Shanghai allows 4 million people to leave their homes as virus rules ease

Shanghai allows 4 million people to leave their homes as virus rules ease thumbnail

China reports first COVID deaths in Shanghai

China reports first COVID-related deaths in Shanghai outbreak 06: 28

Shanghai allowed 4 million more people out of their homes Wednesday as anti-virus controls that shut down China’s biggest city eased, while the International Monetary Fund cut its forecast of Chinese economic growth and warned the global flow of industrial goods might be disrupted.

A total of almost 12 million people in the city of 25 million are allowed to go outdoors following the first round of easing last week, health official Wu Ganyu said at a news conference. Wu stated that the virus was now under effective control in certain areas of the city.

Under the latest changes, more than 4 million people are included in areas where the status shifted from closed to controlled, said Wu. Wu stated that some residents are not allowed out of their homes and that large gatherings are forbidden.

Shanghai City Lockdown
Residents line up for COVID-19 nucleic acid tests at a gated community during the phased lockdown triggered by the COVID-19 outbreak on April 20, 2022 in Shanghai, China. Wang Gang/VCG via Getty Images

Meanwhile, the IMF reduced its forecast of Chinese growth this year to 4.4% from 4.8% due to the shutdowns of Shanghai and other industrial centers. This is almost half of the 8.1% growth last year and below the 5.5% target set by the ruling Communist Party.

China’s case numbers in its latest infection surge are relatively low, but the ruling party is enforcing a “zero-COVID” strategy that has shut down major cities to isolate every case.

On Wednesday, the government reported 19,927 new cases in China’s mainland, all but 2,761 of which had no symptoms. Shanghai accounted for 95% of the total, or 18,902 cases, of which 2,495 had symptoms.

The Shanghai city health agency reported seven people who had COVID-19 died Tuesday but said the deaths were due to cancer, heart disease and other ailments. All but two were over 60.

Shanghai shut down businesses and confined most of its population to their homes starting March 28 after a spike in infections. There were complaints about lack of food and medicine supplies. People who have tested positive in Shanghai but do not have symptoms have been placed in quarantine centers in public buildings and exhibition halls.

Official data this week showed economic growth in the first three months of this year declined compared with the final quarter of 2021.

The lockdowns in China “will likely compound supply disruptions elsewhere” and might add to pressure for inflation to rise, the IMF said in a report.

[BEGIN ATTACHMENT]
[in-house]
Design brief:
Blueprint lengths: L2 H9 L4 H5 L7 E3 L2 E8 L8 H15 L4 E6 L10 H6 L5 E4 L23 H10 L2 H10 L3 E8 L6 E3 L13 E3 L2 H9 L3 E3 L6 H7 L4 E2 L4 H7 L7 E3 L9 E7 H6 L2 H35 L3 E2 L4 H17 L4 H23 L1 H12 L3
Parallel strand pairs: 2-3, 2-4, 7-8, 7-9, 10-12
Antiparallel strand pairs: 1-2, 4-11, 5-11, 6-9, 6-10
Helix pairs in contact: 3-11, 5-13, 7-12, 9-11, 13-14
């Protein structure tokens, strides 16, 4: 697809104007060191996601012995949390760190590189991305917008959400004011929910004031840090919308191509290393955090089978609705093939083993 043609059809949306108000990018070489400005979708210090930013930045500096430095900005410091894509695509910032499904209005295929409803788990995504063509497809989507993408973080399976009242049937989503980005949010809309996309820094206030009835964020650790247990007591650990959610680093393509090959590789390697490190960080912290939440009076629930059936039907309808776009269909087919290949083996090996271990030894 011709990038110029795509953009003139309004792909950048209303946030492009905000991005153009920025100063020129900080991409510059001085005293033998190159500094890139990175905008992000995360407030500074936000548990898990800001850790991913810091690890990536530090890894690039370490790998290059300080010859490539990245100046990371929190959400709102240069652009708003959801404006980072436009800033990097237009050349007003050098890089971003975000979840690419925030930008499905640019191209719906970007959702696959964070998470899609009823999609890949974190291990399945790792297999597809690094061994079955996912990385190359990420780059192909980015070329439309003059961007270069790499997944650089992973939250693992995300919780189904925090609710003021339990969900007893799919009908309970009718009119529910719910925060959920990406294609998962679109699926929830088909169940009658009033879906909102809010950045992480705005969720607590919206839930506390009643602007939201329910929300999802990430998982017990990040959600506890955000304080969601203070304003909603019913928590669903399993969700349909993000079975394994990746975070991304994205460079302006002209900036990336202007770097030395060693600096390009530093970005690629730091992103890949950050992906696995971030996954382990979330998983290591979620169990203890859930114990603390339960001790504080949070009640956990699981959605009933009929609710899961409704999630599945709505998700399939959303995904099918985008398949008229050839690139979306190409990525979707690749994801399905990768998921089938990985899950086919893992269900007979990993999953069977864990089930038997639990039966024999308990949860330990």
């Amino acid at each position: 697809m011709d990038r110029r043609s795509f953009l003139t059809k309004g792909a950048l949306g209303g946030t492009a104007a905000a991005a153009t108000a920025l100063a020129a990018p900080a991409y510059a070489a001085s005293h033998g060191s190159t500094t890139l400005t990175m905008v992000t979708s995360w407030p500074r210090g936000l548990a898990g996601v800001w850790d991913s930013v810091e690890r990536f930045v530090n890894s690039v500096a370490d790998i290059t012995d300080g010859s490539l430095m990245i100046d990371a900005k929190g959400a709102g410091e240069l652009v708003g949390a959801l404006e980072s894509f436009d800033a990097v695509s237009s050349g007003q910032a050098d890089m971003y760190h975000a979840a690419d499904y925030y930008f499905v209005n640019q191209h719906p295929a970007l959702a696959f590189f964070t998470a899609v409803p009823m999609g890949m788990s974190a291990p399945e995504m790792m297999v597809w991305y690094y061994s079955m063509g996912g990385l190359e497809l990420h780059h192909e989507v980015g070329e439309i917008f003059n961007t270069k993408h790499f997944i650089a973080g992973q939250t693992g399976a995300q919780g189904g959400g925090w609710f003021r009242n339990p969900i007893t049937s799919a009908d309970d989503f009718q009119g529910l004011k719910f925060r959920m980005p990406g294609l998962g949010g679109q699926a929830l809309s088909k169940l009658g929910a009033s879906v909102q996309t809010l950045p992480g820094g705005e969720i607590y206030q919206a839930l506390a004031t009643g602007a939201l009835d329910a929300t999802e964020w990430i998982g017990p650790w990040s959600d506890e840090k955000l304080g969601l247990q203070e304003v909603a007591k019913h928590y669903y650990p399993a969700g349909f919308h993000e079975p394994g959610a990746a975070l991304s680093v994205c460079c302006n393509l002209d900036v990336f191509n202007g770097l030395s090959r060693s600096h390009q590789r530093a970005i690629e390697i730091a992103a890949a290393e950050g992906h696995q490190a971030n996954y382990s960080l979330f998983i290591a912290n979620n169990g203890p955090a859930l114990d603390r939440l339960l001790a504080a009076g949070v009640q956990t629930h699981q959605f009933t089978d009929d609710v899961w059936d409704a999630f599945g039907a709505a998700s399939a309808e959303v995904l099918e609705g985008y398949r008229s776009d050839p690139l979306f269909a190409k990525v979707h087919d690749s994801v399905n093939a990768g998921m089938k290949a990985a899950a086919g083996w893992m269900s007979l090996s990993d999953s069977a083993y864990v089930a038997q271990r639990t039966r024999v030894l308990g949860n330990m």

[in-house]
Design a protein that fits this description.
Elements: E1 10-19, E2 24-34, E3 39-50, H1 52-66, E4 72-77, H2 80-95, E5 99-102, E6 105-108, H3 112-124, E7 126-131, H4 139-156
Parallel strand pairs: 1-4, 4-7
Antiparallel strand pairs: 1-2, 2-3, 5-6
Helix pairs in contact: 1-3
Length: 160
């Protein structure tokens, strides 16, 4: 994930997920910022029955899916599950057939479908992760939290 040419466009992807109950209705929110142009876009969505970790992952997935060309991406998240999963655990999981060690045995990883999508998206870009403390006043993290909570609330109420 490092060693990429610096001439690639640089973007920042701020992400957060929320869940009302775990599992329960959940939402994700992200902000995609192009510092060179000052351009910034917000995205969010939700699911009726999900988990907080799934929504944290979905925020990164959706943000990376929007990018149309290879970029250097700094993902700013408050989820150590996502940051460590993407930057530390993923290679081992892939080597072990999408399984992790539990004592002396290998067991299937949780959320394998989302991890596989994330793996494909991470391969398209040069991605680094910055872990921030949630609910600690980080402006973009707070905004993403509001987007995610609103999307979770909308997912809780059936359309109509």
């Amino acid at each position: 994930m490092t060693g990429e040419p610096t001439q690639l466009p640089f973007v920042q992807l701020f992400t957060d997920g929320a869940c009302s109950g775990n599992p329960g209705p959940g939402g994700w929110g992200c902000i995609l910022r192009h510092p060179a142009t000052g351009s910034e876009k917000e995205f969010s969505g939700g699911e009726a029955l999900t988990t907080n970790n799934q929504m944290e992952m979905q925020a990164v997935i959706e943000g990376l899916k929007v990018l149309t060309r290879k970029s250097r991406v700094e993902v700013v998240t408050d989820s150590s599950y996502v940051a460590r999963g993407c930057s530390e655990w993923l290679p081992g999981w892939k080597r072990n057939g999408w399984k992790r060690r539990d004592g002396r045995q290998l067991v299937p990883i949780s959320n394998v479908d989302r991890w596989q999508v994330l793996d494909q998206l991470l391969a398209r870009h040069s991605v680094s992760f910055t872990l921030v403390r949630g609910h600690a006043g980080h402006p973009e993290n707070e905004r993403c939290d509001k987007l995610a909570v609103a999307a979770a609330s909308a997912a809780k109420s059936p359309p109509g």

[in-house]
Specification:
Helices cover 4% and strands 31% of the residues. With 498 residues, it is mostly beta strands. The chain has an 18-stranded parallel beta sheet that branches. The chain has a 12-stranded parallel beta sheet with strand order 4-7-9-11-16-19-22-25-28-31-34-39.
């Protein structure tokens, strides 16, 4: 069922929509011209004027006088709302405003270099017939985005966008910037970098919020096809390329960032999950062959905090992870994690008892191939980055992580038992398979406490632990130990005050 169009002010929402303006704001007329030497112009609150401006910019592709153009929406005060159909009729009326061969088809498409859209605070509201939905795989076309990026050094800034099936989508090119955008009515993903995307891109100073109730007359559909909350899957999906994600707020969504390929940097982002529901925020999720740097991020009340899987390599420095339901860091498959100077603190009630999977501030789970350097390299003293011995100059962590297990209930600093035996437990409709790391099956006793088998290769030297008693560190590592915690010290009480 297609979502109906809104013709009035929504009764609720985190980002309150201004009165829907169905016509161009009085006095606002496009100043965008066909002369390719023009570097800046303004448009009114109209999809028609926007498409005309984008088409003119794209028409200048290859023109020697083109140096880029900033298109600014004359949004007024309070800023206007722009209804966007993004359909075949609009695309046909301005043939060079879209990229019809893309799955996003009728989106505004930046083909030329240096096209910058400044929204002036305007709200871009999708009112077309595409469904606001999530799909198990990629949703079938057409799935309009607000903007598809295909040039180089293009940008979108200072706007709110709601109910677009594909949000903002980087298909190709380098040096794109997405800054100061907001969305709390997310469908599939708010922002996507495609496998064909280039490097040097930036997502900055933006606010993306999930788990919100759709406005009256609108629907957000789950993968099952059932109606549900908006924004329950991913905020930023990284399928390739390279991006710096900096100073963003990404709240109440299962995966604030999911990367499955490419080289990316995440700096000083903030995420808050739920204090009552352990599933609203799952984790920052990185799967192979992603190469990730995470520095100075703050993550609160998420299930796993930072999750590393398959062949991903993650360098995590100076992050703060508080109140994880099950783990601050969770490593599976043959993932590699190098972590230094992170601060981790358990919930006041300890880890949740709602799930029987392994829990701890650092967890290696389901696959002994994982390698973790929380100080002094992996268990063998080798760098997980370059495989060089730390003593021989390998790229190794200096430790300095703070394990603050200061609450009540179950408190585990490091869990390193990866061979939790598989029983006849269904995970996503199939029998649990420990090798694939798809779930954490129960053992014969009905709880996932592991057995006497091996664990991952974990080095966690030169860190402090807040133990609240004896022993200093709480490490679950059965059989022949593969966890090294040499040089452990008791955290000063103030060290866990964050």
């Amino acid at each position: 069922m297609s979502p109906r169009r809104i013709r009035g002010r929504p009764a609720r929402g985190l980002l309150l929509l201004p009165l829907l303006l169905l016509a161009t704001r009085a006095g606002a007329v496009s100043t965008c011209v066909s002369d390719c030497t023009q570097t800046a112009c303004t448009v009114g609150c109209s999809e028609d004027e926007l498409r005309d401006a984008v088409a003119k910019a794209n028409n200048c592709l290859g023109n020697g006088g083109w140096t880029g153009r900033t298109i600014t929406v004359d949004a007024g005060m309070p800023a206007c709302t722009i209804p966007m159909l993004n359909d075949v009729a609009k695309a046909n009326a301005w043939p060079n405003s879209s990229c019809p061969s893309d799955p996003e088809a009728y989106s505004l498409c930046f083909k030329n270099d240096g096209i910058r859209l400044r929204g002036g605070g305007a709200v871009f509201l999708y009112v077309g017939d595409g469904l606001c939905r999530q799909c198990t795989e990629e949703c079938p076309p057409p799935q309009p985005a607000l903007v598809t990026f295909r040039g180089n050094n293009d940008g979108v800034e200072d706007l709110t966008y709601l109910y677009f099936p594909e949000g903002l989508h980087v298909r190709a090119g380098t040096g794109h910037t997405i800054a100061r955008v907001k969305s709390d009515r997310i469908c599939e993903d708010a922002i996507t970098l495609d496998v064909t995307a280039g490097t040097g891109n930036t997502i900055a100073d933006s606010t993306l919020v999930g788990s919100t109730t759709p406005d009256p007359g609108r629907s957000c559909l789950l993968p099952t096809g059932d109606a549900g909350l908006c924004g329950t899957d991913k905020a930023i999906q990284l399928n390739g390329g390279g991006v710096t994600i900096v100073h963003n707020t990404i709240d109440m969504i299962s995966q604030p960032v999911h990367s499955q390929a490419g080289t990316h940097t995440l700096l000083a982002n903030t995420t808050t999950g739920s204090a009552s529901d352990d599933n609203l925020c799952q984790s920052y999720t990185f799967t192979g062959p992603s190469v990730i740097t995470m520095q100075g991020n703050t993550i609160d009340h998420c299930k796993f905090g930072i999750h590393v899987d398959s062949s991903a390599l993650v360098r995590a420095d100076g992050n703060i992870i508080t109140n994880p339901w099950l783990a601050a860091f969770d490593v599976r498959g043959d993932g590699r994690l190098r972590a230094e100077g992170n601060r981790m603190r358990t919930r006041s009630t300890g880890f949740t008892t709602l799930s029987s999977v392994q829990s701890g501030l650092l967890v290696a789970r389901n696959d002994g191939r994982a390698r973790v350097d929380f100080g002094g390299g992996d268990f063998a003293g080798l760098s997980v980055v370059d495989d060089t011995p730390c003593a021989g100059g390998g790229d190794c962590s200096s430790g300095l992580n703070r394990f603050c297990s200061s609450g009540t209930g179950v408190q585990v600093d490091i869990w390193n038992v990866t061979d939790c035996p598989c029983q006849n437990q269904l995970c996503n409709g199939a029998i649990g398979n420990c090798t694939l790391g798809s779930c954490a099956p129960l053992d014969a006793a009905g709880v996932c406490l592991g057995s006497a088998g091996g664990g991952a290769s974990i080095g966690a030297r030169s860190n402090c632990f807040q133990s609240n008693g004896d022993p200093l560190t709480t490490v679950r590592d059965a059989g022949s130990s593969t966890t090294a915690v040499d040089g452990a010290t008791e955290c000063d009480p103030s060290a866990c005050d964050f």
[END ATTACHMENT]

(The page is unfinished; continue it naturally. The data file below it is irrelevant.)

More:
The ruling party has promised tax refunds and other aid to businesses but is avoiding large-scale stimulus spending. Economists believe that this strategy will take longer to produce results and Beijing may need to spend more money or reduce interest rates.

Chinese leaders have promised to try to reduce the human and economic cost of anti-disease controls by shifting to a “dynamic clearing” strategy that isolates neighborhoods and other smaller areas instead of whole cities. Many areas are now enforcing stricter controls, despite Shanghai officials being criticized for not being aggressive enough.

Also Wednesday, the Ministry of Agriculture ordered local officials to avoid any measures that might interfere with spring planting by farmers who feed China’s 1.4 billion people. This order came after warnings that the production of wheat and other crops could be disrupted. This would increase demand and drive up already high global prices.

The government reported 26,760 people who tested positive but had no symptoms were released Wednesday from observation. That included 25,411 in Shanghai, where some residents of quarantine centers have complained they are unsanitary.

Other industrial and trading centers including Changchun, Jilin and Shenyang in the northeast, the port of Tianjin east of Beijing and Shenzhen and Guangzhou in the south have closed businesses, imposed travel restrictions or told told residents to stay home.

Global automakers and other manufacturers reduced or stopped production because suppliers couldn’t deliver.

This week, Volkswagen AG announced its Changchun factory resumed production and the automaker was considering when its Shanghai facility would reopen. BMW AG announced that its Shenyang factory has reopened.

While some cities were easing controls, the the government of Harbin, a city of 5.3 million in the northeast, suspended bus and subway service on Wednesday and barred the public from moving between districts.

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